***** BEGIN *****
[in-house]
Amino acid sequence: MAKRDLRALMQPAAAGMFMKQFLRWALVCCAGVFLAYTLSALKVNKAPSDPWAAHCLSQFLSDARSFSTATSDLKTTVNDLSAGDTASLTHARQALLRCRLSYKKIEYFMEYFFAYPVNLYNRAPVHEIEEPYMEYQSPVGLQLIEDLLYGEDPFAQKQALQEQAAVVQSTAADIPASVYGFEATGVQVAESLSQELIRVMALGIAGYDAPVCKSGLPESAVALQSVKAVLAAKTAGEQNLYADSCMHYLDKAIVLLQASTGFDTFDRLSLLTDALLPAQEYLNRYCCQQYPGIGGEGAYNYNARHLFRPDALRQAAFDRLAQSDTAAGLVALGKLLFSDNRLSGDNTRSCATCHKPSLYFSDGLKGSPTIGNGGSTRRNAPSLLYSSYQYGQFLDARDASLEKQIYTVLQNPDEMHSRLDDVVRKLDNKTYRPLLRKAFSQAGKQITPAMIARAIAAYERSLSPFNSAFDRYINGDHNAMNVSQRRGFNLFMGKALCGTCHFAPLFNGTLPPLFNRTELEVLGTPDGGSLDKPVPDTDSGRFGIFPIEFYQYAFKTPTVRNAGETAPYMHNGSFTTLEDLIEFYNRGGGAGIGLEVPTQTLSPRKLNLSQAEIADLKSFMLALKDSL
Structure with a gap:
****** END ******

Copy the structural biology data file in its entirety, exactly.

[in-house]
Amino acid sequence: MAKRDLRALMQPAAAGMFMKQFLRWALVCCAGVFLAYTLSALKVNKAPSDPWAAHCLSQFLSDARSFSTATSDLKTTVNDLSAGDTASLTHARQALLRCRLSYKKIEYFMEYFFAYPVNLYNRAPVHEIEEPYMEYQSPVGLQLIEDLLYGEDPFAQKQALQEQAAVVQSTAADIPASVYGFEATGVQVAESLSQELIRVMALGIAGYDAPVCKSGLPESAVALQSVKAVLAAKTAGEQNLYADSCMHYLDKAIVLLQASTGFDTFDRLSLLTDALLPAQEYLNRYCCQQYPGIGGEGAYNYNARHLFRPDALRQAAFDRLAQSDTAAGLVALGKLLFSDNRLSGDNTRSCATCHKPSLYFSDGLKGSPTIGNGGSTRRNAPSLLYSSYQYGQFLDARDASLEKQIYTVLQNPDEMHSRLDDVVRKLDNKTYRPLLRKAFSQAGKQITPAMIARAIAAYERSLSPFNSAFDRYINGDHNAMNVSQRRGFNLFMGKALCGTCHFAPLFNGTLPPLFNRTELEVLGTPDGGSLDKPVPDTDSGRFGIFPIEFYQYAFKTPTVRNAGETAPYMHNGSFTTLEDLIEFYNRGGGAGIGLEVPTQTLSPRKLNLSQAEIADLKSFMLALKDSL
Structure with a gap: